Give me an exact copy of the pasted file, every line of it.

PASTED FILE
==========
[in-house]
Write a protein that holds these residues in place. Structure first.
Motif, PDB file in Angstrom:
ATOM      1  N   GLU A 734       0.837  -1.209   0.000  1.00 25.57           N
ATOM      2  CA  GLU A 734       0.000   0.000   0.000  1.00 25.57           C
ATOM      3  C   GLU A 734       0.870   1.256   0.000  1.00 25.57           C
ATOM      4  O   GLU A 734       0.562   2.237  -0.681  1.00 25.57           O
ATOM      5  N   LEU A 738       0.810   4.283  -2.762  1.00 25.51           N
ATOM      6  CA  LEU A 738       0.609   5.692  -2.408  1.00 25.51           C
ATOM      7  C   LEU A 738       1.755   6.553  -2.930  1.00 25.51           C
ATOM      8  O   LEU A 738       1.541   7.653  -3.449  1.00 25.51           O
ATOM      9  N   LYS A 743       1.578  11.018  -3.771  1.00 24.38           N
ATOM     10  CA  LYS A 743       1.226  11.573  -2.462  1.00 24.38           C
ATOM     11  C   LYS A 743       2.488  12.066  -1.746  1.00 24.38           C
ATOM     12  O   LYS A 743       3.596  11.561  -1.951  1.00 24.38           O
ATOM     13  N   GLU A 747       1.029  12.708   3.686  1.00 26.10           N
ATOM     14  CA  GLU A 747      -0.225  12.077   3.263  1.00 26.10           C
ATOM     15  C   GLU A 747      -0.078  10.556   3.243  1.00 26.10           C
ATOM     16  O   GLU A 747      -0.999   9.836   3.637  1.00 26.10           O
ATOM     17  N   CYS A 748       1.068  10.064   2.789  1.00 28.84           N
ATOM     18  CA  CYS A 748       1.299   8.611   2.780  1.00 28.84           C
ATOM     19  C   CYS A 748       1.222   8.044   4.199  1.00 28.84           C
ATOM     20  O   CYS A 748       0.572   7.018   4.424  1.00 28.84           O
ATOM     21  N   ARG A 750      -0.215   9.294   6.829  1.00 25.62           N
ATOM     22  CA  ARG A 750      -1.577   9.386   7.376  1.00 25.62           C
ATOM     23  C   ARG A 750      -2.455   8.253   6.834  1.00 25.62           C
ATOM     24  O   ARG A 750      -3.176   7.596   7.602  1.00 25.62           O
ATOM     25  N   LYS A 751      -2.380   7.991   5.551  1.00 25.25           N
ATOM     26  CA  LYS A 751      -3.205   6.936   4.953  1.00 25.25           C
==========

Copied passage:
[in-house]
Write a protein that holds these residues in place. Structure first.
Motif, PDB file in Angstrom:
ATOM      1  N   GLU A 734       0.837  -1.209   0.000  1.00 25.57           N
ATOM      2  CA  GLU A 734       0.000   0.000   0.000  1.00 25.57           C
ATOM      3  C   GLU A 734       0.870   1.256   0.000  1.00 25.57           C
ATOM      4  O   GLU A 734       0.562   2.237  -0.681  1.00 25.57           O
ATOM      5  N   LEU A 738       0.810   4.283  -2.762  1.00 25.51           N
ATOM      6  CA  LEU A 738       0.609   5.692  -2.408  1.00 25.51           C
ATOM      7  C   LEU A 738       1.755   6.553  -2.930  1.00 25.51           C
ATOM      8  O   LEU A 738       1.541   7.653  -3.449  1.00 25.51           O
ATOM      9  N   LYS A 743       1.578  11.018  -3.771  1.00 24.38           N
ATOM     10  CA  LYS A 743       1.226  11.573  -2.462  1.00 24.38           C
ATOM     11  C   LYS A 743       2.488  12.066  -1.746  1.00 24.38           C
ATOM     12  O   LYS A 743       3.596  11.561  -1.951  1.00 24.38           O
ATOM     13  N   GLU A 747       1.029  12.708   3.686  1.00 26.10           N
ATOM     14  CA  GLU A 747      -0.225  12.077   3.263  1.00 26.10           C
ATOM     15  C   GLU A 747      -0.078  10.556   3.243  1.00 26.10           C
ATOM     16  O   GLU A 747      -0.999   9.836   3.637  1.00 26.10           O
ATOM     17  N   CYS A 748       1.068  10.064   2.789  1.00 28.84           N
ATOM     18  CA  CYS A 748       1.299   8.611   2.780  1.00 28.84           C
ATOM     19  C   CYS A 748       1.222   8.044   4.199  1.00 28.84           C
ATOM     20  O   CYS A 748       0.572   7.018   4.424  1.00 28.84           O
ATOM     21  N   ARG A 750      -0.215   9.294   6.829  1.00 25.62           N
ATOM     22  CA  ARG A 750      -1.577   9.386   7.376  1.00 25.62           C
ATOM     23  C   ARG A 750      -2.455   8.253   6.834  1.00 25.62           C
ATOM     24  O   ARG A 750      -3.176   7.596   7.602  1.00 25.62           O
ATOM     25  N   LYS A 751      -2.380   7.991   5.551  1.00 25.25           N
ATOM     26  CA  LYS A 751      -3.205   6.936   4.953  1.00 25.25           C